[Web-SIG] thoughts on an iterator
alan at xhaus.com
Mon Mar 30 19:36:21 CEST 2009
It was great to meet (nearly) everybody at PyCon; I look forward to
the next time.
I particularly want to thank Robert for being so meticulous about
recording and reporting the discussions; a necessary part of moving
> Hmmmm. Graham brought up chunked requests which I don't think have much
> bearing on this issue--the server/app can't rely on the client-specified
> chunk sizes either way (or you enable a Denial of Service attack). I
> don't see much difference between the file approach and the iterator
> approach, other than moving the read chunk size from the app (or more
> likely, the cgi module) to the server. That may be what kills this
> proposal: cgi.FieldStorage expects a file pointer and I doubt we want to
> either rewrite the entire cgi module to support iterators, or re-package
> the iterator up as a file.
I recommend that any discussion of file-like vs. iterator for input
should be informed by this discussion between myself and PJE back when
the spec was being written.
Most relevant quote
> Aha! There's the problem. The 'read()' protocol is what's wrong. If
> 'wsgi.input' were an *iterator* instead of a file-like object, it would be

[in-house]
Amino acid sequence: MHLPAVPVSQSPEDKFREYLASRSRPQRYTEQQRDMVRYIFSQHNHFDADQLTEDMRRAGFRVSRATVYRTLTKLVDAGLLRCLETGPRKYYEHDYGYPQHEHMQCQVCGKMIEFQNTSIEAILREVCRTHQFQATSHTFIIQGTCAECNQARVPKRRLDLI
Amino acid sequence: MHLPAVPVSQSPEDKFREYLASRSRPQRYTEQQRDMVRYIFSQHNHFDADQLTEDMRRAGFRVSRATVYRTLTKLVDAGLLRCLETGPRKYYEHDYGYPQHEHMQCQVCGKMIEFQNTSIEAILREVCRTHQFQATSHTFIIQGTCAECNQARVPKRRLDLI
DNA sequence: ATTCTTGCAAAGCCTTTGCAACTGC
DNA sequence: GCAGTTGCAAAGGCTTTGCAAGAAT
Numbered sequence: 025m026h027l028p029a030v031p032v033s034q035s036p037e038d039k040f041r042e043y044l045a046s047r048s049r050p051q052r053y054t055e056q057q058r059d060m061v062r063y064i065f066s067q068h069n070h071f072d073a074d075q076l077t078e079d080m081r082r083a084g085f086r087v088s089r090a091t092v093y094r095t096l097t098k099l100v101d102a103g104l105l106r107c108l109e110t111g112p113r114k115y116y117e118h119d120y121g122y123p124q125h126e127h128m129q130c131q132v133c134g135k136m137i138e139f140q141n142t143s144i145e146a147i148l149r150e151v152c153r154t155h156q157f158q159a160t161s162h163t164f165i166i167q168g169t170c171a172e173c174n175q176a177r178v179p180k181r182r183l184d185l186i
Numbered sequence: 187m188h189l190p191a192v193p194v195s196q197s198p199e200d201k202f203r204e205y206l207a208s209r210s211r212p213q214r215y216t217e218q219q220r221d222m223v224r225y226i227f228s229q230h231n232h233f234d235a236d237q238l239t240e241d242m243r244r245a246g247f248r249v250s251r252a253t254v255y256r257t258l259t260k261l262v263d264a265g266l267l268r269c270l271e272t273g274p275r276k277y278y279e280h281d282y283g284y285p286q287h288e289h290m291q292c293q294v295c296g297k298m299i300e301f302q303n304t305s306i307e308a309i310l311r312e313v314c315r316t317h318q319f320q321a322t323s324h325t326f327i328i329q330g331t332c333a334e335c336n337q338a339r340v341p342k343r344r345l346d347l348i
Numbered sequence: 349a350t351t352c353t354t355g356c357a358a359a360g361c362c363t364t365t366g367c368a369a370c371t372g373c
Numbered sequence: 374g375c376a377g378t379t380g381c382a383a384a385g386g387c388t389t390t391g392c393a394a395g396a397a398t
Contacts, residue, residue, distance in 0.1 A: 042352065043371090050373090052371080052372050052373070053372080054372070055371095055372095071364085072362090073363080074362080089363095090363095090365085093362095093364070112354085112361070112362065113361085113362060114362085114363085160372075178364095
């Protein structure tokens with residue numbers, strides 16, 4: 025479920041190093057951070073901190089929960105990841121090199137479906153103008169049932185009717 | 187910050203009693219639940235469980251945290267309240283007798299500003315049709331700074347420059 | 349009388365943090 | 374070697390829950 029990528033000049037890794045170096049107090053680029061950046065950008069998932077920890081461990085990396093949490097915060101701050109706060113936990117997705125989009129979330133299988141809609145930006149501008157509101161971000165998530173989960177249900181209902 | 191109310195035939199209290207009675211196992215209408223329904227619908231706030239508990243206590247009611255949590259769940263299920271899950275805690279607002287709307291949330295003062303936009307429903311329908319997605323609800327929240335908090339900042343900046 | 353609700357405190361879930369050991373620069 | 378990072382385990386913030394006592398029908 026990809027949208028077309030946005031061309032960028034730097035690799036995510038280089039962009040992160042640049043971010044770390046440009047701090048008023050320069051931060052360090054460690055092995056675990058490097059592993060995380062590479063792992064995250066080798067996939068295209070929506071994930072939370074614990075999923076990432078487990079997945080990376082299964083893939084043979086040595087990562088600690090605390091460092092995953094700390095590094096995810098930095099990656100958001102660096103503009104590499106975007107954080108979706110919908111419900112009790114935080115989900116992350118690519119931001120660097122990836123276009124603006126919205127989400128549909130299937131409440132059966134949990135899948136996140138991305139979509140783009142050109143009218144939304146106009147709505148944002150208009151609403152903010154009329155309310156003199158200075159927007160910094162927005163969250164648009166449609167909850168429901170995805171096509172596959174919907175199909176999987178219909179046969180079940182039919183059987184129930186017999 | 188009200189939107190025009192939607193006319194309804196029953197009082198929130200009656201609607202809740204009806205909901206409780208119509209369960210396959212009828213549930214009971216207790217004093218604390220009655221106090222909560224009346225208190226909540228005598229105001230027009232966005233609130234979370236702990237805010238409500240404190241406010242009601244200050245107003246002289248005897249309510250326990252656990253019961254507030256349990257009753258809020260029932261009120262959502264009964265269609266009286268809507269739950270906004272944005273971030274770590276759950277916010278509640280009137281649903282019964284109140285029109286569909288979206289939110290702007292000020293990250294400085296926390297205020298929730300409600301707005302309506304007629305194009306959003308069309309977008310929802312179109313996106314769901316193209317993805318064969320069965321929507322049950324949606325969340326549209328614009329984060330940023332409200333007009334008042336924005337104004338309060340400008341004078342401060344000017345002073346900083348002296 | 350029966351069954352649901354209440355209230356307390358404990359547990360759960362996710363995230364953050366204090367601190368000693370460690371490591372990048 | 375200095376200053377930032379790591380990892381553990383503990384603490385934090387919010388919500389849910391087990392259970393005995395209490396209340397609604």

> fairly straightforward for async servers to implement "would block" reads
> as yielding empty strings. And, servers could actually support streaming
> input via chunked encoding, because they could just yield blocks once
> they've arrived.
> The downside to making 'wsgi.input' an iterator is that you lose control
> over how much data to read at a time: the upstream server or middleware
> determines how much data you get. But, it's quite possible to make a
> buffering, file-like wrapper over such an iterator, if that's what you
> really need, and your code is synchronous. (This will slightly increase
> the coding burden for interfacing applications and frameworks that expect
> to have a readable stream for CGI input.) For asynchronous code, you're
> just going to invoke some sort of callback with each block, and it's the
> callback's job to deal with it.
> What does everybody think? If combined with a "pause iterating me until
> there's input data available" extension API, this would let the input
> stream be non-blocking, and solve the chunked-encoding input issue all in
> one change to the protocol. Or am I missing something here?
I'd also be interested in the Twisted folk's take on that discussion.
All the best,
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